Monday, January 23, 2012
No evidence found for direct harm caused by noise or shadow flicker from wind turbines – community comment period open now through March 19th
An independent panel of scientists studying whether there is a potential for harm caused by wind turbines has issued its report, “Wind Turbine Health Impact Study: Report of the Independent Expert Panel.” Massachusetts Department of Environmental Protection (MassDEP) and the Massachusetts Department of Public Health (MDPH) convened the panel composed of physicians and scientists with expertise in areas such as acoustical noise/infrasound, public health, sleep disturbance, mechanical engineering, epidemiology, and neuroscience. There will be three public meetings on the report in February as part of a 60-day comment period. A Press Release from MassDEP states that, “The independent report was proactively sought to help address questions …
Thursday, March 3, 2011
A demonstration project aims at making Plymouth comfortable with wind-generated electricity.
It looks like a couple of white metal barrels with slats cut out. It spins in the wind and makes electricity. Not a propeller-style wind turbine, it makes less noise and doesn't interfere with radio signals. You might see one soon on a hill off Route 44. Monday night the Planning bBard recommended that the Zoning Board approve a permit to allow Jim Sweeney and Sustainable New Energy erect such a turbine on land leased from the Almeida family in North Plymouth. The 79-foot tower would help power a potential clean energy center on the site, but more than power generation, Sweeney wants visibility from the turbine. Sweeney presented the proposal as a demonstration project. After the meeting, he elaborated. "Hopefully, once Plymouth gets used …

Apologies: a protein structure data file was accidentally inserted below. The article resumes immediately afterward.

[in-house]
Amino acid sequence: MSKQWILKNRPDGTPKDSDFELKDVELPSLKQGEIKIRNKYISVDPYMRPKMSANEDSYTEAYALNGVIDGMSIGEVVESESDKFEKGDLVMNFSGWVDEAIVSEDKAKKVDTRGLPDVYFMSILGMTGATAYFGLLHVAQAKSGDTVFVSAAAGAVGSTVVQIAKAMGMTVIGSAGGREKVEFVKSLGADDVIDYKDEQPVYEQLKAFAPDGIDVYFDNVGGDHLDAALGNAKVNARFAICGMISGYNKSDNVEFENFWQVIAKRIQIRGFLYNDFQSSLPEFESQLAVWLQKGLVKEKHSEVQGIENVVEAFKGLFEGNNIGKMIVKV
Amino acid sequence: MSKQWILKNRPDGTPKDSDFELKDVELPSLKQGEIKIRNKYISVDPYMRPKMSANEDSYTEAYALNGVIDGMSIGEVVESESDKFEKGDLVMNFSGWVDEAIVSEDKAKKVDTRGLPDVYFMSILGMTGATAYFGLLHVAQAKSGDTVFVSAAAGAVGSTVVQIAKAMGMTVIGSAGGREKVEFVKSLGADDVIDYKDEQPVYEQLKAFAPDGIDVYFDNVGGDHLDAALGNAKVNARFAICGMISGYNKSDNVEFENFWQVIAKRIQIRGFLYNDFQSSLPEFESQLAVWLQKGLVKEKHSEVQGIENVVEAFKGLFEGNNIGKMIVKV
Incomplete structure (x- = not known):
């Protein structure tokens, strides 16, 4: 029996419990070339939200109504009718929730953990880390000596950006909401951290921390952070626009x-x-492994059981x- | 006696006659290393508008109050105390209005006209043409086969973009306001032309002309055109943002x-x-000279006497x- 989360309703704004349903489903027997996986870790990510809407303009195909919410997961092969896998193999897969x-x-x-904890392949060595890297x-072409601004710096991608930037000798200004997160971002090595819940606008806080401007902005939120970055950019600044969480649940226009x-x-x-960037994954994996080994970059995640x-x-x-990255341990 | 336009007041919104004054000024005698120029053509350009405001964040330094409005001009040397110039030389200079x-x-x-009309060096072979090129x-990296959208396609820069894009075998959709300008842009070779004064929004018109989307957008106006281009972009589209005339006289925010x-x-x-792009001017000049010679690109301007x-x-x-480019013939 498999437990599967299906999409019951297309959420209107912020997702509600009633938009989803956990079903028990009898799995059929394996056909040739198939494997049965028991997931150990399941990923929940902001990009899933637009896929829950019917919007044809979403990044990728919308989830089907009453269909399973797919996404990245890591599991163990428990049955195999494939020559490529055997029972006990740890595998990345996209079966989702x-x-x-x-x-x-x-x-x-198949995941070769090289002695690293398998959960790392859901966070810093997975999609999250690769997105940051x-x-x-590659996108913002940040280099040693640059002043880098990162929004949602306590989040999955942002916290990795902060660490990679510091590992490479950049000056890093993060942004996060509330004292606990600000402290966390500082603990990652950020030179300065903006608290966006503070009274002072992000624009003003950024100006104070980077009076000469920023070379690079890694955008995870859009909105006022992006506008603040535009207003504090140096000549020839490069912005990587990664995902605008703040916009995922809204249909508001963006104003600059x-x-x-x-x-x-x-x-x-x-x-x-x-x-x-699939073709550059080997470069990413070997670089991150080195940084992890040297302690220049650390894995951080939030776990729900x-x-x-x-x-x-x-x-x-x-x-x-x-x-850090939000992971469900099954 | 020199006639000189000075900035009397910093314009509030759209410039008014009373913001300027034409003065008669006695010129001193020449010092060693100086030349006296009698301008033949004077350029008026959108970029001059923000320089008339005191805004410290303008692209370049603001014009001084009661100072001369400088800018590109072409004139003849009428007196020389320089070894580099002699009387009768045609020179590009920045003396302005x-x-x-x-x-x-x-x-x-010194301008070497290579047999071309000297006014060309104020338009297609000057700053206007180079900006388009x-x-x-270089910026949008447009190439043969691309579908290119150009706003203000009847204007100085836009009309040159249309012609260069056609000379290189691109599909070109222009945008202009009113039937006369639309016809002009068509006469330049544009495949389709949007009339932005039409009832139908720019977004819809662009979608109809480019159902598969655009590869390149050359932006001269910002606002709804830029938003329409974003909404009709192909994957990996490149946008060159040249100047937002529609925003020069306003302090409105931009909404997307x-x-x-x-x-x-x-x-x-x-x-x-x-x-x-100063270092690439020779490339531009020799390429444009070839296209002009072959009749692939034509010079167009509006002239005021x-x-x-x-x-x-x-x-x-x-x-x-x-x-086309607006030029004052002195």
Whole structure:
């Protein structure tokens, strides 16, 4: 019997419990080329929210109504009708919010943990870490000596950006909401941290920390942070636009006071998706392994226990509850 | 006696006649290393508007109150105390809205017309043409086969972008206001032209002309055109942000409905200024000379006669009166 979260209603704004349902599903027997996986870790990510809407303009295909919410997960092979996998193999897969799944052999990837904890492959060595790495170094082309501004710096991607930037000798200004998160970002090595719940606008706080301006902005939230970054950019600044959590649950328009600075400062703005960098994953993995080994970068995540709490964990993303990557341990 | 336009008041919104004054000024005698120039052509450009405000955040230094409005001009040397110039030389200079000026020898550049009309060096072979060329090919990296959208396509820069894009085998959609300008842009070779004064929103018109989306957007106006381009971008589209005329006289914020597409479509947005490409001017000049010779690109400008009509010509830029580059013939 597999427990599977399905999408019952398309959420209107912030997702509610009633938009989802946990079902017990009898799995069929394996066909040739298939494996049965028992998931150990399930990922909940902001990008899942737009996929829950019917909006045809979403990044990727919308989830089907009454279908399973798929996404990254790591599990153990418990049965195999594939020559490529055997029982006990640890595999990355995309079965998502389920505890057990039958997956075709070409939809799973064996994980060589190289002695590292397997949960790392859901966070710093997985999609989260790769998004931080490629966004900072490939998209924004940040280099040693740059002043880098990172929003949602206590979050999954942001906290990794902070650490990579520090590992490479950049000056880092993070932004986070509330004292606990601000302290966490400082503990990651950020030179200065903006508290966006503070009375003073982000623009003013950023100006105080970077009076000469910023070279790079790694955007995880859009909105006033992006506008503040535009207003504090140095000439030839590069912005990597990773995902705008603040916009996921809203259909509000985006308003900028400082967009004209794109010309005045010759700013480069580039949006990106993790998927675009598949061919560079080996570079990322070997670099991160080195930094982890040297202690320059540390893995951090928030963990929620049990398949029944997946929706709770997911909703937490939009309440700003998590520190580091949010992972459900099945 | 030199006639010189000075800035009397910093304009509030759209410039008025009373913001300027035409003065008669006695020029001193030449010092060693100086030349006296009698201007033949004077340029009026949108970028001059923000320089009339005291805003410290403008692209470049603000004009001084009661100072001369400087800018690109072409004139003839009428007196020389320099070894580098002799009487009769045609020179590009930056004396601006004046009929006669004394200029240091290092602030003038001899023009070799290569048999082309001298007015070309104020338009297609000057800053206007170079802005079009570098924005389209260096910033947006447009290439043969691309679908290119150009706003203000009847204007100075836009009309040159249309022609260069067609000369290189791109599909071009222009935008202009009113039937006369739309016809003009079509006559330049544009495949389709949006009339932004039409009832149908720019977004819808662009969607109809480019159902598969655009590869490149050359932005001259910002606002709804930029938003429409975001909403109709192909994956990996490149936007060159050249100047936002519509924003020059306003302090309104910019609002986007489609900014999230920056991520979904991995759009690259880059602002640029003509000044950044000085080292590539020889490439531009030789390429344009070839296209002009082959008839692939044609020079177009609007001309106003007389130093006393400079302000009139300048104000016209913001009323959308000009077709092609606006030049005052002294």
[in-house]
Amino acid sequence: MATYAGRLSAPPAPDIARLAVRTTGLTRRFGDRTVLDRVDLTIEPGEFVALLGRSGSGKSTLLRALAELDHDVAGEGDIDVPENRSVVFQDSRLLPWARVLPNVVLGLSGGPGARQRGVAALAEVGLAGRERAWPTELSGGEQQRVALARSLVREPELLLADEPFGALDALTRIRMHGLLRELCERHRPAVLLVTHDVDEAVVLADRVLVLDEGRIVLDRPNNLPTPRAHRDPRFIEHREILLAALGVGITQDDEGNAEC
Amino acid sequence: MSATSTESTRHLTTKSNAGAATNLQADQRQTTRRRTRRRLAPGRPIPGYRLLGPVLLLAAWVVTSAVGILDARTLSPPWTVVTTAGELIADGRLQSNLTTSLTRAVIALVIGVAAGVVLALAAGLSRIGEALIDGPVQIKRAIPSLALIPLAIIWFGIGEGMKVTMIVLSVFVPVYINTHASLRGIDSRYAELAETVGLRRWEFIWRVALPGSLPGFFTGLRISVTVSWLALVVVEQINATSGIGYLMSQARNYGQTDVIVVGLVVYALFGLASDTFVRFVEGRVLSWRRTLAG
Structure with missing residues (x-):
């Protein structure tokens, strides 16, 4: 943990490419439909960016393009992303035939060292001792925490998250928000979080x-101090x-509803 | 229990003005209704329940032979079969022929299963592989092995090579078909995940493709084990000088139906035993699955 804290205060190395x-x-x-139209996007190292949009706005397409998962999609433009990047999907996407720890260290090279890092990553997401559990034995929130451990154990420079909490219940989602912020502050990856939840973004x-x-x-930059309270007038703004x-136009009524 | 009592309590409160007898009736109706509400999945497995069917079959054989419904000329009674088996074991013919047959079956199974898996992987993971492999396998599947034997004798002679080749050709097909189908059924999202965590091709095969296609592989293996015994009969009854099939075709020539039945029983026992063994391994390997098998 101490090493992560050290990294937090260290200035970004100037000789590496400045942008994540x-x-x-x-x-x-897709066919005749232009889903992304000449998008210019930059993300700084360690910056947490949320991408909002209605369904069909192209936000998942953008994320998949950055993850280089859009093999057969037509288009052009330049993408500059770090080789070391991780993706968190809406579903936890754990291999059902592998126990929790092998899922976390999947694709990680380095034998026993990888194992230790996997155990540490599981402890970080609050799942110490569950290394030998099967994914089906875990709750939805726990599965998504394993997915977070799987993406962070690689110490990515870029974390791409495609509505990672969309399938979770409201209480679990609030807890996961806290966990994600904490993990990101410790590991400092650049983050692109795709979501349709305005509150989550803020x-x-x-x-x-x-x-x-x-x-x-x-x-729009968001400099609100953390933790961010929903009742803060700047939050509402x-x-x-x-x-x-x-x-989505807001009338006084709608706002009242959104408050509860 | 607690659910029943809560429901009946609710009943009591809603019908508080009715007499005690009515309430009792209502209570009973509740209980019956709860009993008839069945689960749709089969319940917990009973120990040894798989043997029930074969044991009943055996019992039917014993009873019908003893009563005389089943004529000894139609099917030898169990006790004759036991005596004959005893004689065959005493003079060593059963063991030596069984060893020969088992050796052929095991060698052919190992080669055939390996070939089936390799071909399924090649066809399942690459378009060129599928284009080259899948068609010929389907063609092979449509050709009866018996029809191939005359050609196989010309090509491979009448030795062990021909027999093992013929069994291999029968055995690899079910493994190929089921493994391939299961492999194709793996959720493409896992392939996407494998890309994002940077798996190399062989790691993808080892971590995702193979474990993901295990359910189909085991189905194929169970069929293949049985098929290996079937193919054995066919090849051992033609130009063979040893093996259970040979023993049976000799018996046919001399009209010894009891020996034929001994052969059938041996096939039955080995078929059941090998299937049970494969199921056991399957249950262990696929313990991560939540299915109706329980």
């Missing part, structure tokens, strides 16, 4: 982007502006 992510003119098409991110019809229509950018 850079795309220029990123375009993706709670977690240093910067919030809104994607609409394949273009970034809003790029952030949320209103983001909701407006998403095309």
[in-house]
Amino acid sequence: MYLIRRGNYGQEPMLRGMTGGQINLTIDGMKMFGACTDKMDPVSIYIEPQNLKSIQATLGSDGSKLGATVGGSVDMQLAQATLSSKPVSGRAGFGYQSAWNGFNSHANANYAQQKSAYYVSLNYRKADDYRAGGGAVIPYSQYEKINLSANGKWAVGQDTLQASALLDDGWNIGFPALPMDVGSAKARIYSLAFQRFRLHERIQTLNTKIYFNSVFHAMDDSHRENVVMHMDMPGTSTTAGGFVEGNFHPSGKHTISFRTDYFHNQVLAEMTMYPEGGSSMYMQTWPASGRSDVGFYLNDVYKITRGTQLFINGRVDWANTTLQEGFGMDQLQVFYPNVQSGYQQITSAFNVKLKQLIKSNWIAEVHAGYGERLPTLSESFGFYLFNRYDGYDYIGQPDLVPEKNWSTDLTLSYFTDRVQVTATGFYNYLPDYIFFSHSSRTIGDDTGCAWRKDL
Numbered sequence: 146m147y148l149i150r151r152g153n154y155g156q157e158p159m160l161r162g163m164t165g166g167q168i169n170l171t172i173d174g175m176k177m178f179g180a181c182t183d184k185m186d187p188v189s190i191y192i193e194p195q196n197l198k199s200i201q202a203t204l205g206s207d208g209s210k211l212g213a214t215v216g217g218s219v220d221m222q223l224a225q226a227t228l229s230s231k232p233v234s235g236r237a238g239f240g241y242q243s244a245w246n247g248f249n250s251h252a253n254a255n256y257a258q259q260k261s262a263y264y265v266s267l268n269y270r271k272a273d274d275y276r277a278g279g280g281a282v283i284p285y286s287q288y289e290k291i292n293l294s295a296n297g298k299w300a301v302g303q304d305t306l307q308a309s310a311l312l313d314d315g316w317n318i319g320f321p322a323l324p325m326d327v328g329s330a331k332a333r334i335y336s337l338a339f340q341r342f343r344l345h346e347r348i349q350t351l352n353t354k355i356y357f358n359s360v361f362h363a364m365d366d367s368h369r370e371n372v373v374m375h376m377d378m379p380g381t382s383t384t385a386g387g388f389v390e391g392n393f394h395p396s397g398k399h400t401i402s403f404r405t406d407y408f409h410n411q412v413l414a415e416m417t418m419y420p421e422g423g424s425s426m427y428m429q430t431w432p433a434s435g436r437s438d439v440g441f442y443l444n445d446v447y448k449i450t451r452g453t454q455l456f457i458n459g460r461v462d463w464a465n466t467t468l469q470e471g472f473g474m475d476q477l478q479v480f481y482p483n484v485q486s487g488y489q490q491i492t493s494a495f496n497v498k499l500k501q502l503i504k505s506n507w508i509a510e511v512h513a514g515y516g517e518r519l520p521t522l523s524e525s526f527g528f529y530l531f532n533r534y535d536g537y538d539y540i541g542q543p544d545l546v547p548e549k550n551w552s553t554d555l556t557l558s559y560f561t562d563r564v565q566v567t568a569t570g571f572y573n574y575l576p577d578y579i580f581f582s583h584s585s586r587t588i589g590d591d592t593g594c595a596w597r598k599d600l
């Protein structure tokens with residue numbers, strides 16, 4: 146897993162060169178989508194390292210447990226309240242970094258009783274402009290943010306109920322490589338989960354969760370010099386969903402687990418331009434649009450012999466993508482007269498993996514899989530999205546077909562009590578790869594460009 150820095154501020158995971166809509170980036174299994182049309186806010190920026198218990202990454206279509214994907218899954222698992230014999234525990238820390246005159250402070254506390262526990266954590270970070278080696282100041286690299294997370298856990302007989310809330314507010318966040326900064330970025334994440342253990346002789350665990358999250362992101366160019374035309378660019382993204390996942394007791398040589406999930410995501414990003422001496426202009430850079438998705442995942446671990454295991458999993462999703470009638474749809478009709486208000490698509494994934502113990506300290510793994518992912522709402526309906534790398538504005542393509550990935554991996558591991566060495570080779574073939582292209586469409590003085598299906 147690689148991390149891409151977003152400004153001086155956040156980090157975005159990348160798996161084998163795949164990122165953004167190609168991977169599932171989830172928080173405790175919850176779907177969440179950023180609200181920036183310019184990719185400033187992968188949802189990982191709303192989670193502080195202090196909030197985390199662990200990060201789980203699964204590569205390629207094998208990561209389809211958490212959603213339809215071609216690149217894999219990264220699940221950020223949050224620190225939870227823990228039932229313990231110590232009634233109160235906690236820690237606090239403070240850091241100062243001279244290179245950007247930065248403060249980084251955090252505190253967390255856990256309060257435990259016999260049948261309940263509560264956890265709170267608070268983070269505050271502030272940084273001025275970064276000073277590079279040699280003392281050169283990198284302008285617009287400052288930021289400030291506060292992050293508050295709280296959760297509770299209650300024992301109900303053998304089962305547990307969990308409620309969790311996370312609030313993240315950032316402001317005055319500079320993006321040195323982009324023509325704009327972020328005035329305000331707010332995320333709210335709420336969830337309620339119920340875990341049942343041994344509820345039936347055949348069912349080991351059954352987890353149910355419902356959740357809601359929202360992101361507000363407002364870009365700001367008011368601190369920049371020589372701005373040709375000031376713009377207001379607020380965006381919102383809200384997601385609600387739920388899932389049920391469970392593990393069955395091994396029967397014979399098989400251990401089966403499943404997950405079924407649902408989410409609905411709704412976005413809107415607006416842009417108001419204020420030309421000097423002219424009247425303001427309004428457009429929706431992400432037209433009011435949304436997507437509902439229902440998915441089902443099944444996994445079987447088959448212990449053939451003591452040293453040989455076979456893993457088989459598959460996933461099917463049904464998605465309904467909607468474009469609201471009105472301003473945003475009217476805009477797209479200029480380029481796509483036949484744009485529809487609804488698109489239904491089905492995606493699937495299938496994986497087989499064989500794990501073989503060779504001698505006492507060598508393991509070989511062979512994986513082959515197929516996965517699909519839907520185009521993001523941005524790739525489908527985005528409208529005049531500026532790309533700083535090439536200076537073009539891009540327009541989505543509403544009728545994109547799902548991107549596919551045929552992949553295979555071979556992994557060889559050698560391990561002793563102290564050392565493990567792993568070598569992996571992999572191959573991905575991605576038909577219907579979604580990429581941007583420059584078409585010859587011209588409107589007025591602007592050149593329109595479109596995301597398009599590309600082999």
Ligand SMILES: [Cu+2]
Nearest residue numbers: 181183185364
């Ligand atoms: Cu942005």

Wednesday, December 15, 2010
Energy expert Francis Killorin provides some reasons why wind energy would be a financially, as well as an environmentally, sound practice in Plymouth.
Wednesday, December 15, 2010
You and I grew up taking oil, gas, and coal for granted, with no reason to consider any alternatives. Even today, despite the evidence of climate change, the awful environmental results of extracting and burning the fossils, and the risks inherent in our dependence on imported petroleum, too many Americans cling to the belief, or the hope, that change is not necessary. Actually, change is unavoidable. We simply have to end the burning of carbon-rich, risk-laden fossil fuels. It can be done. In fact, on many fronts, such as wind and solar, the entrepreneurs are already doing a lot. Today, financing wind and solar is relatively easy. Wind and solar enjoy free fuel for life, and installation cost is partially subsidized by the Renewable …
Plymouth resident and local activist Karen Buechs offers her opinion on the proposal to erect wind turbines in Plymouth.
Wednesday, December 15, 2010
I would be hard pressed to find anyone who is against alternative energy. For many years, experts have advised that in order to save the world we must change the way energy is used. Whether solar, wind or nuclear, everyone now understands our world is a different place and we must adapt to those changes. Yet, in my hometown, as in many other towns, wind power has become a hot-button issue. The conversation started out in a positive vein. "How wonderful," people said. However, people were shocked to find out that the turbines were to be placed very near their neighborhood homes. Residents panicked and rightfully so. People willingly became involved. They picked up their phones and called everyone they knew and even those they didn't. They …